Three weeks ago I and my colleague Frank Verschoor took about 30 civil servants from 10 countries through a workshop (in Warsaw) on seeing Open Data as a policy instrument that has value to the public sector itself.

A lot of the discussion on the potential of open data focuses on the economic potential, and the impact on transparency. Important things, but the benefits of it don’t accrue at the public sector body (PSB) that opens up the data. To make sure that a PSB keeps routinely publishing open data, having a direct benefit for the PSB itself is a great motivator.

Open data can be a policy instrument to help reach policy goals. At different levels of maturity examples are available, starting at improving (internal) efficiency by reducing transaction costs, through seeing how third party usage impacts own policy goals, and stimulating that usage, to the emergence of new services created by citizens/organisations and public sector bodies collaboratively that would not be possible otherwise.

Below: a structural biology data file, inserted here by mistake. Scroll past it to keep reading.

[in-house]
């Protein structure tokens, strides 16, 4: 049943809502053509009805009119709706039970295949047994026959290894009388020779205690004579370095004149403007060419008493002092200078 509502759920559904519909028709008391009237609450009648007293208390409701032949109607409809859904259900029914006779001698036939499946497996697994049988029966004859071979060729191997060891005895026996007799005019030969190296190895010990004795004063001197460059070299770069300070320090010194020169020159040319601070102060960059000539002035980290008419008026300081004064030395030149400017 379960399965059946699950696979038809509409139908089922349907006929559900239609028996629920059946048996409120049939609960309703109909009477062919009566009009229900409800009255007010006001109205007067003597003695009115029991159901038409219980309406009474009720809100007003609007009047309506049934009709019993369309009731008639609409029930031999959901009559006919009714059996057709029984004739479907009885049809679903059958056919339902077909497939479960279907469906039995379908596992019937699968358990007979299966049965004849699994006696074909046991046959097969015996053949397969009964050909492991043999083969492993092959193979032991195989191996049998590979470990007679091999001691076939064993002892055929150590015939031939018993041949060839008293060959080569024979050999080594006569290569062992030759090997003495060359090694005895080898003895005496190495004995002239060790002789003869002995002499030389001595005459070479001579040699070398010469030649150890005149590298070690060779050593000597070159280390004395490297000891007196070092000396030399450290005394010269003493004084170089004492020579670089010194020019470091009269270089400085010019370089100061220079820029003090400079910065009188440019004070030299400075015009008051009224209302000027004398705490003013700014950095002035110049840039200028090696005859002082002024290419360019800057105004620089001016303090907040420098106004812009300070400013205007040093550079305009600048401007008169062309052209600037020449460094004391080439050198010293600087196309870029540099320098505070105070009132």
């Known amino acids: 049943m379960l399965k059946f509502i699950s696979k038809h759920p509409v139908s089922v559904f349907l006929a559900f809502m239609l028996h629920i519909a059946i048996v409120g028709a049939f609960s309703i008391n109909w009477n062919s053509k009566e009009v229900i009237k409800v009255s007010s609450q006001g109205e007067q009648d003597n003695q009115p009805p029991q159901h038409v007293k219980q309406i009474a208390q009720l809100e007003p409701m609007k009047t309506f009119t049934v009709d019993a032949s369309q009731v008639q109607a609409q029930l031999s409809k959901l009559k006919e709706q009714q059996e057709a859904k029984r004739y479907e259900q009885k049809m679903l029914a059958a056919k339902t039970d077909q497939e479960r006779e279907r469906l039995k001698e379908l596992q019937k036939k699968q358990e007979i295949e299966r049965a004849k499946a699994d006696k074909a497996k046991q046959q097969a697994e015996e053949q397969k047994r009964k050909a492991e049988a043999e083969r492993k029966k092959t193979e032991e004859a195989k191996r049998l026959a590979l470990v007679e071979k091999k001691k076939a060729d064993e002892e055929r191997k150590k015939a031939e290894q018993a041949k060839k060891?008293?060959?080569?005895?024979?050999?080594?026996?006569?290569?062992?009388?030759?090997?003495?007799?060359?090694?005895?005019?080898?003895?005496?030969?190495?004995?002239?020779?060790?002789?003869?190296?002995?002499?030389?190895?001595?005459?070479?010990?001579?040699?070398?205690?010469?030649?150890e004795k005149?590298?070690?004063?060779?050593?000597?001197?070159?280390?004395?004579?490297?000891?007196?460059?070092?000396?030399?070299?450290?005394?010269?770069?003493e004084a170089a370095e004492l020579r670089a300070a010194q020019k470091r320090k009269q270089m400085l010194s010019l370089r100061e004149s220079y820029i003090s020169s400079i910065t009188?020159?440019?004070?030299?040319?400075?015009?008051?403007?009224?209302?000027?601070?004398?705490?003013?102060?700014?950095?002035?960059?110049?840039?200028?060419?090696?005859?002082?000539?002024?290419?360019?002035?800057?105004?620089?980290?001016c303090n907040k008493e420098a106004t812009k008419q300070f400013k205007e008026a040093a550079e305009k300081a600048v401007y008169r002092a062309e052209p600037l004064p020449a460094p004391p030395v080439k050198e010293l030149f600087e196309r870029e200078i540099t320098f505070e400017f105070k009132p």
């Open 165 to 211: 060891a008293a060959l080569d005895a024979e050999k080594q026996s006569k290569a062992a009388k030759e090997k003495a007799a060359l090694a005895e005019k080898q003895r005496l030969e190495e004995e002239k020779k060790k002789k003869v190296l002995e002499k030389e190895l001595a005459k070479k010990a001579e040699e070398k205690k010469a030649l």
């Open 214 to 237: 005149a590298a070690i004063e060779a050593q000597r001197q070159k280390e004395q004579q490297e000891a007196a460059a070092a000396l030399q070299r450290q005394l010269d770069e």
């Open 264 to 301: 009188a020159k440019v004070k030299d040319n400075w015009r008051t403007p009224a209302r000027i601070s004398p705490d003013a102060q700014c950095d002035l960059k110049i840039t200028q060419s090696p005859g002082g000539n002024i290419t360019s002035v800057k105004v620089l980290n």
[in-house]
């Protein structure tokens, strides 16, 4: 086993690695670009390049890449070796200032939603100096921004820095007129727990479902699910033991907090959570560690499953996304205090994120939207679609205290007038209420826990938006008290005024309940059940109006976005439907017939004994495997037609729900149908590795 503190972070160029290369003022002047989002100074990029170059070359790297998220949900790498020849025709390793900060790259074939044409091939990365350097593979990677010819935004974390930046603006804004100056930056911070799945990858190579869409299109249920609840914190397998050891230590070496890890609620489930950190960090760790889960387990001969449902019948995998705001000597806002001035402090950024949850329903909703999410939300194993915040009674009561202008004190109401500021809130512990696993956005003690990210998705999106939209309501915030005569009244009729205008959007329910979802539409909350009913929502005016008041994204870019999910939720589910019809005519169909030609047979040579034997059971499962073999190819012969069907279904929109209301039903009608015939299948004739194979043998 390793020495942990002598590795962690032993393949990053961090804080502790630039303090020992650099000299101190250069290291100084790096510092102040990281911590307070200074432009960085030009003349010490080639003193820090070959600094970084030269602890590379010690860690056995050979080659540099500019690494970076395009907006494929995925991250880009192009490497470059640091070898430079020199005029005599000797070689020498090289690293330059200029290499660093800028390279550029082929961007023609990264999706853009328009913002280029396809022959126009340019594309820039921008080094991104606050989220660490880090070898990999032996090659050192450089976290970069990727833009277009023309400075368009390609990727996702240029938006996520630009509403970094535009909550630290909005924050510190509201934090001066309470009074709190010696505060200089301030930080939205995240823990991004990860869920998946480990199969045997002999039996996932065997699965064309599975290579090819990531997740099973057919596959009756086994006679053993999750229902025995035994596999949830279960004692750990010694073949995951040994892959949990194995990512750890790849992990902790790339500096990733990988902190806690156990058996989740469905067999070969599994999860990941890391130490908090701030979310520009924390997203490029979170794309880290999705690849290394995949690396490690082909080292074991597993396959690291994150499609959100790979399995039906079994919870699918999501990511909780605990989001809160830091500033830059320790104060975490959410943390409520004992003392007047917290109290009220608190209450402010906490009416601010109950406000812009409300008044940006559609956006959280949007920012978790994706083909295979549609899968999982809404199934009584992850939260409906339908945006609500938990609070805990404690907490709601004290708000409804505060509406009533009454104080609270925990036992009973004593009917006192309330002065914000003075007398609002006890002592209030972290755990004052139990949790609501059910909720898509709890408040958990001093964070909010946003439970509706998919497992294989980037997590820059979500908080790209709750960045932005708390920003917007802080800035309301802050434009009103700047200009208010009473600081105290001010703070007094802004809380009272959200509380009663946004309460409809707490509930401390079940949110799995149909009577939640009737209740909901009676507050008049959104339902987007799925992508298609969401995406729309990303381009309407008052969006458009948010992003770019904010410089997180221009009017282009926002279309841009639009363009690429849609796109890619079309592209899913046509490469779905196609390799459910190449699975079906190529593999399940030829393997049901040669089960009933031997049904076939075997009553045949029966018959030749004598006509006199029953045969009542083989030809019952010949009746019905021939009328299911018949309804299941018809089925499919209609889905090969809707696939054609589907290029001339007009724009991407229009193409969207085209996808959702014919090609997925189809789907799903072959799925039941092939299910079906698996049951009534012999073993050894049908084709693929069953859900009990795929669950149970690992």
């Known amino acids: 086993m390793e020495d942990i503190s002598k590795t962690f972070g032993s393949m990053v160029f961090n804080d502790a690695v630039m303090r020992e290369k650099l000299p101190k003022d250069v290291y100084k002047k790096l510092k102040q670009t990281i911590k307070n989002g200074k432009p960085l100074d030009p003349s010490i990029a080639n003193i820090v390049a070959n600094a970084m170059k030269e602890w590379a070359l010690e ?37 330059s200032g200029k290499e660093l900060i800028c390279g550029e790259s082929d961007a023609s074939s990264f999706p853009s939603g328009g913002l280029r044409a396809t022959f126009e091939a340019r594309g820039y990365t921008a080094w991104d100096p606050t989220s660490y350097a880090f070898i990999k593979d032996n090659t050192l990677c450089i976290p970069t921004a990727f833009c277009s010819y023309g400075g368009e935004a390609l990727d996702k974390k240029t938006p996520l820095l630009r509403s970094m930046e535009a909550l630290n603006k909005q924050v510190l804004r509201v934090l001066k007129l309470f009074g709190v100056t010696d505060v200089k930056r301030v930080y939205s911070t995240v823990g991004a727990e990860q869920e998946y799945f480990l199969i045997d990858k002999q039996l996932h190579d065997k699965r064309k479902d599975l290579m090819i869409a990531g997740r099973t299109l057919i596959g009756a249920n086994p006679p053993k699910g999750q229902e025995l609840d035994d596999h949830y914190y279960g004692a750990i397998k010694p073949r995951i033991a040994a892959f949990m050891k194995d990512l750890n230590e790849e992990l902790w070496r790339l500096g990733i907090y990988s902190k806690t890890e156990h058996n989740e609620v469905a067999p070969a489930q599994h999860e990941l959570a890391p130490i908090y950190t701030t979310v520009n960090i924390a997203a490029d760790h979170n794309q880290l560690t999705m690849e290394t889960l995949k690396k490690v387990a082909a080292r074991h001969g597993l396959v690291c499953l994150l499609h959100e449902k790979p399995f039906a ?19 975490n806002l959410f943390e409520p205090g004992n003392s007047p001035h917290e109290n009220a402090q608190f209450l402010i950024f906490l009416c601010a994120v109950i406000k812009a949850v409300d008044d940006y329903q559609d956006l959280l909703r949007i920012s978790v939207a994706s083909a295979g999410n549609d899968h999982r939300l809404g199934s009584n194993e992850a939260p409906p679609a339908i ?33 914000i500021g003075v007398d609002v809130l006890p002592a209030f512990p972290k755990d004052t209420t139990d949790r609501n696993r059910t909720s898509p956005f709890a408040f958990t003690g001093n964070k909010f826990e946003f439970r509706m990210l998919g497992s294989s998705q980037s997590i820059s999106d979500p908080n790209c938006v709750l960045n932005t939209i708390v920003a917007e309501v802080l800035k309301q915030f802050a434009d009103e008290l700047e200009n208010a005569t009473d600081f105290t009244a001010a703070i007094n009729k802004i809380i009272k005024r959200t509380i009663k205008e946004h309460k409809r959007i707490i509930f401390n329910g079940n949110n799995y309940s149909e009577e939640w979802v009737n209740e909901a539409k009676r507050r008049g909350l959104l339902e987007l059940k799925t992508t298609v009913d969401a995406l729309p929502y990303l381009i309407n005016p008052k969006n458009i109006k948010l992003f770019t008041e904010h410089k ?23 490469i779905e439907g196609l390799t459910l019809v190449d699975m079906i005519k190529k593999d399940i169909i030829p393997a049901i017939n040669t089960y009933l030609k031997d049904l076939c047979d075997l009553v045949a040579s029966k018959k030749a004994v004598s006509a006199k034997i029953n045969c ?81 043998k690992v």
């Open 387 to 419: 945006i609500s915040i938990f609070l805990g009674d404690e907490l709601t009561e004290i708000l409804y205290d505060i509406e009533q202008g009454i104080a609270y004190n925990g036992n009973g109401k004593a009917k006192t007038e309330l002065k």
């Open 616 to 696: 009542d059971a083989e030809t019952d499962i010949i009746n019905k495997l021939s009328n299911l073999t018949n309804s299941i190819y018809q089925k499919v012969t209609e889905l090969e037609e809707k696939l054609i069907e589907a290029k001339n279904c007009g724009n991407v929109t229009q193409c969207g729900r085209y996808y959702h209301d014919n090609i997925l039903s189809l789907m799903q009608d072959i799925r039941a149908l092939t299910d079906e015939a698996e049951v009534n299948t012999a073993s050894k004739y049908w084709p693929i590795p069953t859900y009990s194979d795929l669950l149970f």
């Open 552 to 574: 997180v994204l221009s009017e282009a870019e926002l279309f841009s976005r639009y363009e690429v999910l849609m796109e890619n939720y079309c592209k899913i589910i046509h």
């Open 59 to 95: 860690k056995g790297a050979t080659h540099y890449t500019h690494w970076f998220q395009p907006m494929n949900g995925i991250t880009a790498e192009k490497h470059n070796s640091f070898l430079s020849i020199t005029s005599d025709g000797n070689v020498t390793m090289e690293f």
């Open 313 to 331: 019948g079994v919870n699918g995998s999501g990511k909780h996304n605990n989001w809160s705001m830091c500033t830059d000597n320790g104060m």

In the workshop we explored where the participants were now on that spectrum, and how to start the path to the next level of maturity.

Below you find the slides to my introductory remarks, the workshop output, and a video impression made by Elmine.

20130221 ePSI Workshop Warsaw the Results by The Green Land

On 22 February we as the ePSIplatform team organized a big conference in Warsaw on Open Government Data. With 300 people registered from 30 countries, and 40 speakers, it was almost as big as last year’s conference we organized in Rotterdam.

As this was our last big event under the ePSIplatform contract, which ended 1 March, we decided to use the Opening Keynote to provide an overview of what was achieved in the past few years in Open Data, and especially what is still to be done, and the challenges and pitfalls connected to that. I will provide a full transcript later, but below you find the slides and the video (first 20 minutes) of the presentation.

The State of European Open Data, by Ton Zijlstra